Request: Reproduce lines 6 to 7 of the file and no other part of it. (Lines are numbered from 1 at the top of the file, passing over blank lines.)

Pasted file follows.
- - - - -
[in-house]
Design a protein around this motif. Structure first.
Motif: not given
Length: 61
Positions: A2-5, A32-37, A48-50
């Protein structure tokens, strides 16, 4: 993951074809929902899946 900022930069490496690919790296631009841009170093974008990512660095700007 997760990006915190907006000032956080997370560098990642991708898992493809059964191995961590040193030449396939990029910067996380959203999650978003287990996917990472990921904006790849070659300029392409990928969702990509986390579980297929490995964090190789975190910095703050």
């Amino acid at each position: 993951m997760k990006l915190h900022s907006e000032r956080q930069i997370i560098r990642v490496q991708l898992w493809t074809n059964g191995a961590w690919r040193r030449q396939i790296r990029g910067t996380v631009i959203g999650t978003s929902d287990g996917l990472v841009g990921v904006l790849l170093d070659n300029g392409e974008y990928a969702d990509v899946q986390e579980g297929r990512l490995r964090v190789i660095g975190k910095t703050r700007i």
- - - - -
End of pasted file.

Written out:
């Protein structure tokens, strides 16, 4: 993951074809929902899946 900022930069490496690919790296631009841009170093974008990512660095700007 997760990006915190907006000032956080997370560098990642991708898992493809059964191995961590040193030449396939990029910067996380959203999650978003287990996917990472990921904006790849070659300029392409990928969702990509986390579980297929490995964090190789975190910095703050």
């Amino acid at each position: 993951m997760k990006l915190h900022s907006e000032r956080q930069i997370i560098r990642v490496q991708l898992w493809t074809n059964g191995a961590w690919r040193r030449q396939i790296r990029g910067t996380v631009i959203g999650t978003s929902d287990g996917l990472v841009g990921v904006l790849l170093d070659n300029g392409e974008y990928a969702d990509v899946q986390e579980g297929r990512l490995r964090v190789i660095g975190k910095t703050r700007i």